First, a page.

grant or deny the claims by “count,” as is ordinarily done. Rather, I was forced to explain the substantive basis of
each claim for which summary judgment was denied. With this in mind, it should have been clear to Plaintiffs that
when I denied summary judgment on the Title VII retaliation claim, it necessarily followed that summary judgment
was denied on the accompanying PHRA and Section 1981 claims. I explained this in the summary judgment opinion
and it has been a matter of common knowledge in employment discrimination cases for decades. See, e.g., Wyatte v.
Consol. Rail Corp., Civ. A. No. 90–8055, 1992 WL 331500, at *4 (E.D. Pa. Nov. 2, 1992) (“Since the analysis
under Title VII is the same as the analysis under the PHRA, we will necessarily address the merits of the PHRA
claim in our discussion of the Title VII claim.”); Plummer v. Aman, Civ. Action No. 80–3676. 1984 WL 1346, at *3
(E.D. Pa. Oct. 16, 1984) (“Thus the jury’s determination of the section 1981 claim necessarily decided all the
essential elements of the Title VII race discrimination claim.”). This issue is not one properly addressed through a
motion for reconsideration because there is nothing really for the court to reconsider. Nonetheless, in the interest of
The same goes for plaintiff Vasquez’s Title VII retaliation claim and plaintiff
Shearer’s ADA retaliation claim. When I denied summary judgment on Vasquez’s Title
VII claim, it necessarily followed that her parallel PHRA claim (based on the same exact
allegations under the same analysis) also survived summary judgment. As for Shearer’s
ADA retaliation claim, because PHRA claims are viewed under the same analysis,
Solomon v. Sch. Dist. of Phila., 882 F. Supp. 2d 766, 785 n.30 (E.D. Pa. 2012); Kaniuka
v. Good Shepherd Home, Civ. Action No. 05–CV–2917, 2006 WL 2380387, at *8 n.9
(E.D. Pa. Aug. 15, 2006), when I denied summary judgment on Shearer’s ADA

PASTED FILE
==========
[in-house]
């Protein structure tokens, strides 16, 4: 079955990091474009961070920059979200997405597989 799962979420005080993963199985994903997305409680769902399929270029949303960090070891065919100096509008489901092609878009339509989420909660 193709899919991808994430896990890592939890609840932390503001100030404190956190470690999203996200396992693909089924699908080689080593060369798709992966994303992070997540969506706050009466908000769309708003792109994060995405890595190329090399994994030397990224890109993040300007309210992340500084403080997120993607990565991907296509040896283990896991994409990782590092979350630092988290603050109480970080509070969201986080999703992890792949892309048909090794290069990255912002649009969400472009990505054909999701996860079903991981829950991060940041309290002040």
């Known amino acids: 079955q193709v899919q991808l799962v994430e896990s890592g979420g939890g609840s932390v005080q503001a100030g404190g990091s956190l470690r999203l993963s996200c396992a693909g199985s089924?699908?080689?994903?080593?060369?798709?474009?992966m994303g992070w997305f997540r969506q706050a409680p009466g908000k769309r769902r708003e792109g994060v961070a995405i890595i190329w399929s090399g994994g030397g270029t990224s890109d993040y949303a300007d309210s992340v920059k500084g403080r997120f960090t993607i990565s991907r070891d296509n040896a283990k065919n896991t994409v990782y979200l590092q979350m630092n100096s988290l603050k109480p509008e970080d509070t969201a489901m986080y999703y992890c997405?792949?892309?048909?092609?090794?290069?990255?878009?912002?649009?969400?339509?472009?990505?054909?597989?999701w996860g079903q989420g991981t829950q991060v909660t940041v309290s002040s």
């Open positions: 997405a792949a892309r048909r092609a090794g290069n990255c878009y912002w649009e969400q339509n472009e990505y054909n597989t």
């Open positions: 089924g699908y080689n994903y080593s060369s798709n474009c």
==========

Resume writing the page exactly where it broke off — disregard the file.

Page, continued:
retaliation claim, it necessarily followed that her parallel PHRA claim survived summary
judgment. I explained in the summary judgment opinion that a retaliation claim is
identically analyzed whether under Title VII or the ADA. LaRochelle, 2016 WL
5404474, at *26, 28. I also explained, as stated above, that claims under Title VII are
analyzed the same as claims under the PHRA. Id. at 7 n.9. Thus, it goes without saying
that when Shearer’s ADA retaliation claim survived summary judgment, so did her
PHRA claim based on the same allegations.
The discussion above addresses the portion of Plaintiffs’ motion for
reconsideration that seeks clarification. In this section I will address Plaintiffs’ challenges
to my substantive findings. None of these challenges has merit and I will deny Plaintiffs’
motion for reconsideration.
clarity, I will spell out the survival of LaRochelle’s PHRA and Section 1981 retaliation claims in an accompanying
order to this opinion.
A motion for reconsideration is “not to be used as an opportunity to relitigate the
case,” but “only to correct manifest errors of law or fact or to present newly discovered
evidence.” Blystone, 664 F.3d at 415. Plaintiffs have not presented any new evidence.
Instead, they simply disagree with my findings and wish to relitigate them through a
motion for reconsideration. For example, in the summary judgment opinion, I found that
LaRochelle’s race-based harassment claim under Section 1981 failed because LaRochelle
was unable to point to a clear pattern of incidents of racial harassment. LaRochelle, 2016
WL 5404474, at *21. Plaintiffs contend this decision was an error of law, but they do not
cite to any record evidence or case law in support. 2 Plaintiffs point to the factual
discussion of the summary judgment opinion in which I noted one of LaRochelle’s coworkers made a racial comment to her in September 2010, which she reported before her
termination. Plaintiffs did not address this September comment in briefing LaRochelle’s
race-based harassment claim under Section 1981. (Doc. No. 84-1 at 16–19).
Consequently, I did not consider this isolated September 2010 comment in that claim.
Most important, however, Plaintiffs’ reconsideration motion ignores that I did consider
this September 2010 comment in conjunction with LaRochelle’s retaliation claim.
Indeed, I relied on the proximity between the complaints of these comments and
LaRochelle’s termination in denying summary judgment on the retaliation claim. Simply
put, Plaintiffs do nothing to call into question my original finding that LaRochelle’s
Plaintiffs mistakenly cite to the Vance v. Ball State University, 133 S. Ct. 2434 (2013) decision. (Doc. No. 115-2 at
8). The Vance case was only relevant to an entirely unrelated claim having nothing to do with LaRochelle’s racebased harassment claim under Section 1981.
Section 1981 claim for race harassment did not establish a coherent evidentiary pattern of
incidents sufficient to withstand summary judgment.
Plaintiffs also challenge the granting of summary judgment on LaRochelle’s and
Riker’s sex-based harassment claims under Title VII. In doing so, however, Plaintiffs do
not cite to a single case, piece of evidence, affidavit, or other document. Instead, they
take issue with my findings simply by disagreeing with them in a conclusory fashion.
This is certainly not sufficient to warrant reconsideration. See, e.g., Womack v. Smith,